Medical 3D printing is now an indispensable part of medicine. Let's have an in-depth look at some of the ways 3D printing in medicine is making history.
3D printing has opened the way for advancements in many fields, including 3D printing prosthetic hands. Combining affordability with precise technology, these promising projects are working to make these prosthetic hands even more accessible to those who need them, changing hundreds if not thousands of lives.
Elementary school student Julian Caraballo wanted to play violin and become part of his school's band, and he didn't let a birth defect on his right hand stop him. Instead, three students from Drexel University helped him achieve his dream with a 3D printed prosthetic device.
A Wyoming family's pet peacock lost its foot from frostbite, the owners went searching for help on Reddit. One random user decided to design and 3D print a prosthetic device for the majestic bird, giving it a better chance at leading a quality life.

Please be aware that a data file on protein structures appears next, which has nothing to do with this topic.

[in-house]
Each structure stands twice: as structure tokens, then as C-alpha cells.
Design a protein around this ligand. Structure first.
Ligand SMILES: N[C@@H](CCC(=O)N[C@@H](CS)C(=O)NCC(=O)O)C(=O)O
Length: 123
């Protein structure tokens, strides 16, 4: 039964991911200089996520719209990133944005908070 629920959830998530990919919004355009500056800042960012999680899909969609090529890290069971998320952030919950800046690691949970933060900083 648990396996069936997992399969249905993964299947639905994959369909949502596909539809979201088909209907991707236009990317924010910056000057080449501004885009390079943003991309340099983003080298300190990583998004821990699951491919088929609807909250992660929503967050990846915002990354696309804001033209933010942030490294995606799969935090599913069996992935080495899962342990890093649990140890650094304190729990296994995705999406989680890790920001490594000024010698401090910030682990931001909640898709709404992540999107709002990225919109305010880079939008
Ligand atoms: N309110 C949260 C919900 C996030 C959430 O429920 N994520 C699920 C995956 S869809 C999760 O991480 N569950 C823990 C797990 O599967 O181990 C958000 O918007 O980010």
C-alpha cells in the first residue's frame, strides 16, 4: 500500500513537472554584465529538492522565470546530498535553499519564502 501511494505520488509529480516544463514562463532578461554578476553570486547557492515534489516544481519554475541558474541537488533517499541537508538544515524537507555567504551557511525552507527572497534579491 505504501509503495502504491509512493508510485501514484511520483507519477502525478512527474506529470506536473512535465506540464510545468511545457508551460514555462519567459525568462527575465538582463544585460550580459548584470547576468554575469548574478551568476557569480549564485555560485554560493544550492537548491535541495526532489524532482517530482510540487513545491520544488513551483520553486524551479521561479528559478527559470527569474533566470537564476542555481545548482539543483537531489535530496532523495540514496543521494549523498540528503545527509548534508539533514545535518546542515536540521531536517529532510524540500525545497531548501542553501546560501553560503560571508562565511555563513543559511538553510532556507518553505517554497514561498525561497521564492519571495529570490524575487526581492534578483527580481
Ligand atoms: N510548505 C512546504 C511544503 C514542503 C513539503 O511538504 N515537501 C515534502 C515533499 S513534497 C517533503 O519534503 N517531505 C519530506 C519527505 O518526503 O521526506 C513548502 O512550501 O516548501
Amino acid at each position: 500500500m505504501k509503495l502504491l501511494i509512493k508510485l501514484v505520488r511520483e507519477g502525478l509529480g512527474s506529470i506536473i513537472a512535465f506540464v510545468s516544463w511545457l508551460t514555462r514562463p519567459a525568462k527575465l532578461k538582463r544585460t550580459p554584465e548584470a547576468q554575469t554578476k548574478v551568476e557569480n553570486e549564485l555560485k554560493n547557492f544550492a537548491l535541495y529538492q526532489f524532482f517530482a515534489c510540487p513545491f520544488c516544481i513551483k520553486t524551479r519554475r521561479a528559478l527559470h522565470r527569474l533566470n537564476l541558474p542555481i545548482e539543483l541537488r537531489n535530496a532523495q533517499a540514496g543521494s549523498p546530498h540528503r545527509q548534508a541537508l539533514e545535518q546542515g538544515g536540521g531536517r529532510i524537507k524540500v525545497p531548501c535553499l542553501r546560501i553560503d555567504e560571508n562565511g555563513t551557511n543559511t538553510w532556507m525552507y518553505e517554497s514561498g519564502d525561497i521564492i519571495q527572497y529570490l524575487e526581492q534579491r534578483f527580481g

Researchers from Western University have developed a functional prototype of a new tremor suppression glove. This device aims to provide more independence to patients suffering from Parkinson's Disease.
Stratasys is partnering with Dassault Systèmes to supply Unlimited Tomorrow with 3D printing and CAD software dedicated to producing affordable, patient-specific prosthetic devices.